European Shares Set To Follow Asian Peers Higher
European stocks look set to open higher on Monday, even as underlying sentiment may remain cautious amid concerns about rising interest rates, slowing global growth and anxiety over peaking corporate earnings.
Asian stock markets recovered from early losses to trade mostly higher while the dollar build on last week’s gains to hold near a 16-month high.
Investors were encouraged after the China Securities Regulatory Commission rolled out a series of measures over the weekend to support the private sector.
Oil prices rose by more than 1 percent after Saudi Arabia’s energy minister said that the country plans to reduce its oil supply to world markets by 500,000 barrels per day in December.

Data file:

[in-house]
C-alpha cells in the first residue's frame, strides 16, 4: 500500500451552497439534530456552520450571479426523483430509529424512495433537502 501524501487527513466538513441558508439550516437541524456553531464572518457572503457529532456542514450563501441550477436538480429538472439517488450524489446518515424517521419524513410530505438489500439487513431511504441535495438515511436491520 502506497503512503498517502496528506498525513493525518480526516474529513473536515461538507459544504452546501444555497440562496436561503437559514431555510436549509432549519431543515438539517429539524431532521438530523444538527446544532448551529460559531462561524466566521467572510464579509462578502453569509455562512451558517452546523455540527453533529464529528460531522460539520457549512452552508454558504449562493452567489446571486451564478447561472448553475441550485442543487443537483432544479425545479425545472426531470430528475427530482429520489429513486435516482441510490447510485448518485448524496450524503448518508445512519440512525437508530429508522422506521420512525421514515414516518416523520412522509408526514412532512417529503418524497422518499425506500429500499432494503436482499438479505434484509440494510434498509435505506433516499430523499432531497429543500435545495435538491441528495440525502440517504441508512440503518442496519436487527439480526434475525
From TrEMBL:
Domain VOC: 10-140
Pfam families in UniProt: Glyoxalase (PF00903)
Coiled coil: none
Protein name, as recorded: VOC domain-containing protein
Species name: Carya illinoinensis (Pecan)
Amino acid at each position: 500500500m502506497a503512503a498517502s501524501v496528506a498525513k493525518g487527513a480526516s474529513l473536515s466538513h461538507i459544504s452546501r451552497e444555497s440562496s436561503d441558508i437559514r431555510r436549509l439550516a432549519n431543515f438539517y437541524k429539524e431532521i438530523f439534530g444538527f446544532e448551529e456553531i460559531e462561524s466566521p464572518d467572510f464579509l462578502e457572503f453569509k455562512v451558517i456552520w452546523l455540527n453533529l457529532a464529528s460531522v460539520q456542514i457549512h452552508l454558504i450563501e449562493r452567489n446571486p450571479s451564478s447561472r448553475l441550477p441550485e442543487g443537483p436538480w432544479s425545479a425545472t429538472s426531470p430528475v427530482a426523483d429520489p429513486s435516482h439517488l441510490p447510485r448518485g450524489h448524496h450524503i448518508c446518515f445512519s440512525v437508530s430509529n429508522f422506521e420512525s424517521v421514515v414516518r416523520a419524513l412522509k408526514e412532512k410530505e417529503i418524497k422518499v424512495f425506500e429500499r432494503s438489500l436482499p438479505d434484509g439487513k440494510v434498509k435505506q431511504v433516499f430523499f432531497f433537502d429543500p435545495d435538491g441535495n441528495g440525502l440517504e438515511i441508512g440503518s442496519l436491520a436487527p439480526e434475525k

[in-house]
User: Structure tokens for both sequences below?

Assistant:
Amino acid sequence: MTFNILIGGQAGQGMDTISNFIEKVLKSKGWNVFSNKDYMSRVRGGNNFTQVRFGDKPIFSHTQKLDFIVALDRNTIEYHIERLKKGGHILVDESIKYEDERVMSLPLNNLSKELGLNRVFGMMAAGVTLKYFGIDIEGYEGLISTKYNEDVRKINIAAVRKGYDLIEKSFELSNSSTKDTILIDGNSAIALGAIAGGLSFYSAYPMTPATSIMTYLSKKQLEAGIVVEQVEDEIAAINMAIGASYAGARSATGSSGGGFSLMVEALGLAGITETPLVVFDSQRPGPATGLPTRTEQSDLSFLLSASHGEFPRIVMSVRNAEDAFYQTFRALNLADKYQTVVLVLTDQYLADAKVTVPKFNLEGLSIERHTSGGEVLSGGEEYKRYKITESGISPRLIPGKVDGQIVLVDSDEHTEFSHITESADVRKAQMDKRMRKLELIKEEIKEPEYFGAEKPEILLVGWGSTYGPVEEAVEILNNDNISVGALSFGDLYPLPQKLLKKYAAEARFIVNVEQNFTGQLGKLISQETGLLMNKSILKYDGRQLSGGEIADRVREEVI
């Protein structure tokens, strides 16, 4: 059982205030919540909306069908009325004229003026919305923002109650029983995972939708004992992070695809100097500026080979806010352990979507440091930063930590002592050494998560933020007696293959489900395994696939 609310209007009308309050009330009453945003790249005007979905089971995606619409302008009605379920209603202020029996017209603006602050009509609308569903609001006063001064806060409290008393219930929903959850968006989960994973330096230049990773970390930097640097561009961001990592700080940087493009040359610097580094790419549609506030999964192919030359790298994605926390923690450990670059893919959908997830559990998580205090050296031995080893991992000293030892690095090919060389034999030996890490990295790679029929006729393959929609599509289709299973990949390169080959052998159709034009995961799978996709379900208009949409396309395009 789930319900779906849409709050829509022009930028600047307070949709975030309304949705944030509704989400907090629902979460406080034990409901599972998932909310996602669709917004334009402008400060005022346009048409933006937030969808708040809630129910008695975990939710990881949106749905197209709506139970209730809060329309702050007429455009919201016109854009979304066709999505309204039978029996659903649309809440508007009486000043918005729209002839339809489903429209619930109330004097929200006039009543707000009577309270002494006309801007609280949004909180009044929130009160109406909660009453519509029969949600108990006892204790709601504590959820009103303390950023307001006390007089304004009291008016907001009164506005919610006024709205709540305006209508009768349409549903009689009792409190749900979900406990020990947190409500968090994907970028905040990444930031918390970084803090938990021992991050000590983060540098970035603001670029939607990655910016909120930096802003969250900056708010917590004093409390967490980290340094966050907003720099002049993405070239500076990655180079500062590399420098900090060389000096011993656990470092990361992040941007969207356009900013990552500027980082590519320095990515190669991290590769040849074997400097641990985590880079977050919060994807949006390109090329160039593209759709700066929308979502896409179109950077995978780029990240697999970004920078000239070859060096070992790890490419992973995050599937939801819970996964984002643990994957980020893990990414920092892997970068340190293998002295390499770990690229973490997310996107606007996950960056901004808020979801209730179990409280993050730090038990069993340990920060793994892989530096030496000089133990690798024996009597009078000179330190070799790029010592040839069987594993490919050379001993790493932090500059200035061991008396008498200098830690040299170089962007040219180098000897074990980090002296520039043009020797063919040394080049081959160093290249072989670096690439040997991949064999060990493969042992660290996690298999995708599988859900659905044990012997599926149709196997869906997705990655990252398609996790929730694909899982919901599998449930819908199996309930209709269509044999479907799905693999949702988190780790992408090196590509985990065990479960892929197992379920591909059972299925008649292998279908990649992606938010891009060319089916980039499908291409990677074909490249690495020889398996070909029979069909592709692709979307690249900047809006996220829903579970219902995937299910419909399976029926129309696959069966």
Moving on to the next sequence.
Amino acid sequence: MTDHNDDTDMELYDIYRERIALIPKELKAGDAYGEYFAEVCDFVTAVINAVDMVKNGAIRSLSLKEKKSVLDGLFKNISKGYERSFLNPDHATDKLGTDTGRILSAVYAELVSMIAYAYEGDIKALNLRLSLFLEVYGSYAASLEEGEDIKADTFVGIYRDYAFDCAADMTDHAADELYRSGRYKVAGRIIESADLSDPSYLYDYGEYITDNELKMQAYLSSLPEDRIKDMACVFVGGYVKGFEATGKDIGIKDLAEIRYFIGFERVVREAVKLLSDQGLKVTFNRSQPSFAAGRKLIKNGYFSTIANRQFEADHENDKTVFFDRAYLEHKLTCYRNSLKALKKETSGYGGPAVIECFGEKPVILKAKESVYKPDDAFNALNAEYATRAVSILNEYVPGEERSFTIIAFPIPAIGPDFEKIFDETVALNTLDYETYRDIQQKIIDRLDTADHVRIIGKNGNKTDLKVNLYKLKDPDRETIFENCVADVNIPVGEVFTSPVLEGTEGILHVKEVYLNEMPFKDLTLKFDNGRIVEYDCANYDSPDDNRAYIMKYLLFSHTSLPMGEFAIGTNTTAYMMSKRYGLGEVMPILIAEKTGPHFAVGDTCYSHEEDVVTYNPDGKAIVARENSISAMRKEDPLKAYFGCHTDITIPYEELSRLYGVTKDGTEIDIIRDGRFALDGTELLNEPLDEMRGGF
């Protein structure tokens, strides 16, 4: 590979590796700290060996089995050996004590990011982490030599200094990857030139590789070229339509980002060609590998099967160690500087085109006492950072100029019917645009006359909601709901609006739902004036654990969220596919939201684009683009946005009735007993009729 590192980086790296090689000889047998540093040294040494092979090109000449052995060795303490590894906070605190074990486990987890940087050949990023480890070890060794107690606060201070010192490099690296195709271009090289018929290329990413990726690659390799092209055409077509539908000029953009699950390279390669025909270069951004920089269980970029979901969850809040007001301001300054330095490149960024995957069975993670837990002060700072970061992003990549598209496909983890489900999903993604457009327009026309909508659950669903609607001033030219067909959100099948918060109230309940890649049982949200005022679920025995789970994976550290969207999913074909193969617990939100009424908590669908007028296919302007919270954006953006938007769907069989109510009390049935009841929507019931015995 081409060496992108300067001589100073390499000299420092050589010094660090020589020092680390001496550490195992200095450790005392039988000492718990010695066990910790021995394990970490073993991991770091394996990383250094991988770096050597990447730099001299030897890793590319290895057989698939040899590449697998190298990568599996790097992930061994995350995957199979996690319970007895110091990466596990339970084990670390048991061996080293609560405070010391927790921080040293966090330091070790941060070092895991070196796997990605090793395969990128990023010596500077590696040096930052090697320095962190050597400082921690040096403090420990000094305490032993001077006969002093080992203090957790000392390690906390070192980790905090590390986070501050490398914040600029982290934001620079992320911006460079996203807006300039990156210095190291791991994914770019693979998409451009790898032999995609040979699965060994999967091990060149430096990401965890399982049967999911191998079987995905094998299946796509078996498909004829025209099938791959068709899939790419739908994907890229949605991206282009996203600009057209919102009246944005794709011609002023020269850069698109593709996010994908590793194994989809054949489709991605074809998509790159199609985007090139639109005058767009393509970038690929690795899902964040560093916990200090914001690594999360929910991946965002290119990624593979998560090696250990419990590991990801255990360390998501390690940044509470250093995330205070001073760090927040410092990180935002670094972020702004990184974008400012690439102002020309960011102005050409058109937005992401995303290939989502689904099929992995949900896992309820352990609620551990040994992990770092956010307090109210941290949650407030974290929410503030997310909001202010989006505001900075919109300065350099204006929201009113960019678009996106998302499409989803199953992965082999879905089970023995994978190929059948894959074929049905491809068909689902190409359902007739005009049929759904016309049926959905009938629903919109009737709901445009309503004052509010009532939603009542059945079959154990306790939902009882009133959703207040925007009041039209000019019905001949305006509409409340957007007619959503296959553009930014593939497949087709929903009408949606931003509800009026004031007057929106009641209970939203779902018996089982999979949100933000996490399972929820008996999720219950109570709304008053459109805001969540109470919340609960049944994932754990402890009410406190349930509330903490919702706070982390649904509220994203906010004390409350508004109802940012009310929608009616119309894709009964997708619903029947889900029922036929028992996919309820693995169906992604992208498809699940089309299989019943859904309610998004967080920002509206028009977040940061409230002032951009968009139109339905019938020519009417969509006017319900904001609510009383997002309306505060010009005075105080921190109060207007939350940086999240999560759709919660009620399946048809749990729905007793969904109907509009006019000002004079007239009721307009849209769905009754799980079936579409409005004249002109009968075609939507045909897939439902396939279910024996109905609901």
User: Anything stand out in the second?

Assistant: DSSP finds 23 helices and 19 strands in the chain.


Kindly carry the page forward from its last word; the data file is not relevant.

The U.S. economic calendar for this week remains relatively quiet, with reports on consumer prices, retail sales, and industrial production awaited for further clues on the economy and interest rates.
Meanwhile, with a Tuesday deadline looming, the Italian government may submit its revised budget to placate the European Commission. Key industrial output and retail sales data out of China will be unveiled on Wednesday.
U.S. stocks fell on Friday, with a spate of weak earnings, falling energy prices on concerns over a supply glut and worries about inflation weighing on markets.
The Dow dropped 0.8 percent, the tech-heavy Nasdaq Composite tumbled 1.7 percent and the S&P 500 lost 0.9 percent.
European markets also ended mostly lower on Friday to snap two days of gains as investors reacted to hawkish comments from the Federal Reserve.
The pan-European Stoxx Europe 600 index shed 0.4 percent. France’s CAC 40 index and the U.K.’s FTSE 100 both dropped around half a percent while the German DAX finished marginally higher.
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